Antonio — a prominent merchant of Venice in a melancholic mood. Bassanio, a young Venetian of noble rank, wishes to woo the beautiful and wealthy heiress Portia of Belmont. Having squandered his estate, he needs 3, ducats to subsidise his expenditures as a suitor.
Contact Home This site is devoted to the production or performance of works from earlier periods of English spoken in original pronunciation OP — that is, in an accent that would have been in use at the time.
This was so successful that the following year the Globe mounted a production of Troilus and Cressida in OP.
Subsequent interest from American enthusiasts led to OP Shakespeare events in New York, Virginia, and Kansas, ranging from evenings of extracts to full productions. As only a handful of works have so far been performed in OP, interest is growing worldwide to explore the insights that the approach can provide.
The time thus seems right to provide a website where people can find out about OP, archive their events, announce plans, and share their experiences of working with it and listening to it. Breadth Although Shakespeare was the stimulus for current interest in OP, the notion is much broader.
Any period of English history can be approached in this way, and indeed there have been several projects where people have tried to reconstruct the pronunciation of earlier works in Old and Middle English, notably for Chaucer. The anniversary of the King James Bible also prompted readings in OP, some of which can be found on this site.
More than literature is involved. There are opportunities for people interested in the vocal dimension of early English music, as well as for those involved in heritage projects which present original practices, such as Plimoth Plantation in Massachusetts.
All periods of English contain many accents, and this allows for variant OP performances. The evidence that allows us to reconstruct what was the case is often mixed, and choices have to be made about which sound qualities to go for.
Variations in spelling can point us in different directions. Observations by contemporaries can indicate that some words had different pronunciations as they have today. Deductions by historical linguists can reach different conclusions about the quality of a sound.
Any attempt to reconstruct an earlier period of pronunciation is based on as much scientific evidence as is available, but inevitably involves a certain amount of guesswork.
The more OP illustration and discussion we have, therefore, the sooner we will be able to arrive at a consensus about best practice.
Portia rejects the stuffiness that rigid adherence to the law might otherwise suggest. In her courtroom appearance, she vigorously applies the law, but still flouts convention by appearing disguised as a man. The Merchant of Venice is a 16th-century play written by William Shakespeare in which a merchant in Venice must default on a large loan provided by a Jewish moneylender. It is believed to have been written between and Though classified as a comedy in the First Folio and sharing certain aspects with Shakespeare's other romantic . Each film recommended to be shown in its entirety is a work of art that stimulates thinking while it entertains. Included in this list are some absolutely fabulous movies for which we have not created curriculm materials but which we recommend for college-level students and for any adult.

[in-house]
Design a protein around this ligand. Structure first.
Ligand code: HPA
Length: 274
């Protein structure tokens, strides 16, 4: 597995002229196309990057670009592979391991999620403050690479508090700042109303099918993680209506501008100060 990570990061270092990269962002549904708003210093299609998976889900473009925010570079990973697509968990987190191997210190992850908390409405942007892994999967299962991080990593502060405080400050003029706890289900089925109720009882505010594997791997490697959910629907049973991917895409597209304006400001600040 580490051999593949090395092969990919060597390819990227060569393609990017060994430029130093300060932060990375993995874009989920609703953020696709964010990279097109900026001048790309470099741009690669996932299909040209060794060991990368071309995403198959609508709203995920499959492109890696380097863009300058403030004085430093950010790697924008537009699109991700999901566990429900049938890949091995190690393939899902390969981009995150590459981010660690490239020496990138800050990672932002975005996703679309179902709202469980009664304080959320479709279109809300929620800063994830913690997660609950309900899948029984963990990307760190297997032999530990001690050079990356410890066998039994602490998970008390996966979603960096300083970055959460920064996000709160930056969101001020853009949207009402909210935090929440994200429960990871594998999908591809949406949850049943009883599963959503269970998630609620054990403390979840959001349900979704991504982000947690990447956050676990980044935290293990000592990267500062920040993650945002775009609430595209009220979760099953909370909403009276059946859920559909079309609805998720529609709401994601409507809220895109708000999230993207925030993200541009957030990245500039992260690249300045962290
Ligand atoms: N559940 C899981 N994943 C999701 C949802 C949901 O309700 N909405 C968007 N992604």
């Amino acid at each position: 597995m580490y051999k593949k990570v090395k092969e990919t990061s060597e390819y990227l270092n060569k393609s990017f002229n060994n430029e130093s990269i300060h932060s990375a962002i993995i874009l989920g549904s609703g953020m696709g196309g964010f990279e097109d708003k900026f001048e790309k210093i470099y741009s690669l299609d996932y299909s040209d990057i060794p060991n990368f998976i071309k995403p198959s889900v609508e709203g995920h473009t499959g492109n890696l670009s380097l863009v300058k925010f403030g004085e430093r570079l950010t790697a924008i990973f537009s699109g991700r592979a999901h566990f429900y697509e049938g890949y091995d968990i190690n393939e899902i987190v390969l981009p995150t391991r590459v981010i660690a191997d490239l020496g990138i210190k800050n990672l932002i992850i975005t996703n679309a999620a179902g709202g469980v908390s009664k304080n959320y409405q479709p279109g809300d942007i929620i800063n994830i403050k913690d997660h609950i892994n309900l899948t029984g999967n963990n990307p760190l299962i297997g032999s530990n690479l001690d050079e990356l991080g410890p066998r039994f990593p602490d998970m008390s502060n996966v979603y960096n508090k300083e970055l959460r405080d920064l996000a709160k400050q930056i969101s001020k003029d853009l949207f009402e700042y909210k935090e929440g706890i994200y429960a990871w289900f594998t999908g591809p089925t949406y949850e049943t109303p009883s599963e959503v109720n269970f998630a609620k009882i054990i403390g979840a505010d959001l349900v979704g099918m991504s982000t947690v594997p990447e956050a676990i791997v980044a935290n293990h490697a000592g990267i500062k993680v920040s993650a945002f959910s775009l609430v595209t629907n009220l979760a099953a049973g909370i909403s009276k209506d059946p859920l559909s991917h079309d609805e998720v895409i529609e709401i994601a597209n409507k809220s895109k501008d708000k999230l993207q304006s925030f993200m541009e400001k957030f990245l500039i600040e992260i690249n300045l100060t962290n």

This site therefore aims to act as a first point of call for those interested in promoting an OP dimension to their activities. It will include only work that is grounded in a serious investigation of the sound system of a period. These will not be found here.Back in the Elizabethan times, Shylock, a character, from the famous Shakespearean play, The Merchant of Venice, would have immediately been seen as a villain, for one reason, and one reason only, he is a plombier-nemours.comr, if they had viewed Shylock as a normal human being, not as a devil, they would have noticed that Shylock is not a villain, but a victim.
Portia rejects the stuffiness that rigid adherence to the law might otherwise suggest. In her courtroom appearance, she vigorously applies the law, but still flouts convention by appearing disguised as a man.
Script of Act I Merchant of Venice The play by William Shakespeare. Introduction This section contains the script of Act I of Merchant of Venice the play by William plombier-nemours.com enduring works of William Shakespeare feature many famous and well loved characters.
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Essay Writing Guide. Learn the art of brilliant essay writing with help from our teachers. Learn more. The Merchant of Venice (Folger Shakespeare Library) - Kindle edition by William Shakespeare, Dr.
Barbara A. Mowat, Paul Werstine. Download it once and read it on your Kindle device, PC, phones or tablets. Use features like bookmarks, note taking and highlighting while reading The Merchant of Venice (Folger Shakespeare Library).